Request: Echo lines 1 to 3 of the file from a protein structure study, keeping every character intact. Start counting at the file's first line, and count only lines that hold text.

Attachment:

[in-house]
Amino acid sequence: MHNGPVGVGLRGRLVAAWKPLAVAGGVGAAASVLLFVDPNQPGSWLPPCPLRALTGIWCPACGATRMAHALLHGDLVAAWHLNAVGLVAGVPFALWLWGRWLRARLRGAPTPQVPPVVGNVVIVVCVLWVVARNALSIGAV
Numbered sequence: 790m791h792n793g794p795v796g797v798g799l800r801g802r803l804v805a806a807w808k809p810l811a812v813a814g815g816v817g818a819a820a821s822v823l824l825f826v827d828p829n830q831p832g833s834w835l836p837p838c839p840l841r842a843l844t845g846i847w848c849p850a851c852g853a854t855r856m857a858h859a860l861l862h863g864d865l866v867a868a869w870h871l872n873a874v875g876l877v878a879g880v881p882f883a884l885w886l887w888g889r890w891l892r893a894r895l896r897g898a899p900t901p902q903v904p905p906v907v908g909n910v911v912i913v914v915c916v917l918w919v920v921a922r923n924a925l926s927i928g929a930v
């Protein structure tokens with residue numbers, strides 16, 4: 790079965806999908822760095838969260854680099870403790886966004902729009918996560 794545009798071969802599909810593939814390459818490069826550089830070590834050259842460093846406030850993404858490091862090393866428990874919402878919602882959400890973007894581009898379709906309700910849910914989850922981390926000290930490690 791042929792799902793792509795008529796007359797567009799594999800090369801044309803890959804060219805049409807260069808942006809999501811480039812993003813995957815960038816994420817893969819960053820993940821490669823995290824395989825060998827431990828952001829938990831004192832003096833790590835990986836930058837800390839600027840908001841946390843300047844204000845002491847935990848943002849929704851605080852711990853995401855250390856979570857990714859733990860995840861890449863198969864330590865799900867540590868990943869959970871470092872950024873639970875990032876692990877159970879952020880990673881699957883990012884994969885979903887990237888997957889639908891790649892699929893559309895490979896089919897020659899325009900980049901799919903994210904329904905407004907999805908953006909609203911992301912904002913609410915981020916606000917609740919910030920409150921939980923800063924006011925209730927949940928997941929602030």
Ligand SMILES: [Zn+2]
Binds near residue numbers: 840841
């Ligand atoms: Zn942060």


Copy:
[in-house]
Amino acid sequence: MHNGPVGVGLRGRLVAAWKPLAVAGGVGAAASVLLFVDPNQPGSWLPPCPLRALTGIWCPACGATRMAHALLHGDLVAAWHLNAVGLVAGVPFALWLWGRWLRARLRGAPTPQVPPVVGNVVIVVCVLWVVARNALSIGAV
Numbered sequence: 790m791h792n793g794p795v796g797v798g799l800r801g802r803l804v805a806a807w808k809p810l811a812v813a814g815g816v817g818a819a820a821s822v823l824l825f826v827d828p829n830q831p832g833s834w835l836p837p838c839p840l841r842a843l844t845g846i847w848c849p850a851c852g853a854t855r856m857a858h859a860l861l862h863g864d865l866v867a868a869w870h871l872n873a874v875g876l877v878a879g880v881p882f883a884l885w886l887w888g889r890w891l892r893a894r895l896r897g898a899p900t901p902q903v904p905p906v907v908g909n910v911v912i913v914v915c916v917l918w919v920v921a922r923n924a925l926s927i928g929a930v